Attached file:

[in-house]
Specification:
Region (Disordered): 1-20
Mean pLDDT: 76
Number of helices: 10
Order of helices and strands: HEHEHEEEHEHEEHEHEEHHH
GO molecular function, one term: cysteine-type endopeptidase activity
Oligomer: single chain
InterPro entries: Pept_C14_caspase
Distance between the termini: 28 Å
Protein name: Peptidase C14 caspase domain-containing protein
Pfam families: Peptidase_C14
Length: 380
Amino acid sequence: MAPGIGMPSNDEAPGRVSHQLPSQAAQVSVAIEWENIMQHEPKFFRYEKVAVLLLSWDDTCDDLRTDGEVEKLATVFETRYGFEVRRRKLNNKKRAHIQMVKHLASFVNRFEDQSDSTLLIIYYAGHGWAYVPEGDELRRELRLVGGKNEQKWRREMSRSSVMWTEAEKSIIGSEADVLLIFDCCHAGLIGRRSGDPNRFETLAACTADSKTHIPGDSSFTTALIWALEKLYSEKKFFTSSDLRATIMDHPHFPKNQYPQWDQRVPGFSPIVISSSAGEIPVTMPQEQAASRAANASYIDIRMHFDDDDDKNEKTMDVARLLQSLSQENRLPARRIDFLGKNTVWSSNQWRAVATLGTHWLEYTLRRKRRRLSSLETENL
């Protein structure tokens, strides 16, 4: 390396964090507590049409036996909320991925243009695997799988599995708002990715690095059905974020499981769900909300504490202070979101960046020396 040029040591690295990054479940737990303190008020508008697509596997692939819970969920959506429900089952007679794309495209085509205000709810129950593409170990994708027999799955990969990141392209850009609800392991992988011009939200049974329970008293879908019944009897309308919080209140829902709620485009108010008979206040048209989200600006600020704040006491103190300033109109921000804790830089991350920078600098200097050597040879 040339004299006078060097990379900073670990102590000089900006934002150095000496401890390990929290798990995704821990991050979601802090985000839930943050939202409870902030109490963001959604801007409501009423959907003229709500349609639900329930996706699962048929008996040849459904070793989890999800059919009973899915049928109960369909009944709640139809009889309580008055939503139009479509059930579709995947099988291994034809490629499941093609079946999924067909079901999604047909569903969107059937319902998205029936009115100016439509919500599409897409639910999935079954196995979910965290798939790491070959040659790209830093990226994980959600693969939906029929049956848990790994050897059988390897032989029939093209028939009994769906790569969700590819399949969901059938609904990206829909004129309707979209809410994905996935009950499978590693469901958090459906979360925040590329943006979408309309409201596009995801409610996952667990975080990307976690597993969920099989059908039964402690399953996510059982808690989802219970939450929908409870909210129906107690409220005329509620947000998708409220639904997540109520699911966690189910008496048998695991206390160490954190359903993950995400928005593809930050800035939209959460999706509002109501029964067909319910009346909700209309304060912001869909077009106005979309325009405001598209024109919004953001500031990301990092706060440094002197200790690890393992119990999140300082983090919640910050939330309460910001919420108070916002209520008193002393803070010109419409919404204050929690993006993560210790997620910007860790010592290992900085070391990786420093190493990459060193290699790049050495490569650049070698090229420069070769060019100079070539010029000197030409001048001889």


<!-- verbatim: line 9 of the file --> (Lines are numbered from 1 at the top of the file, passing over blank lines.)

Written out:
InterPro entries: Pept_C14_caspase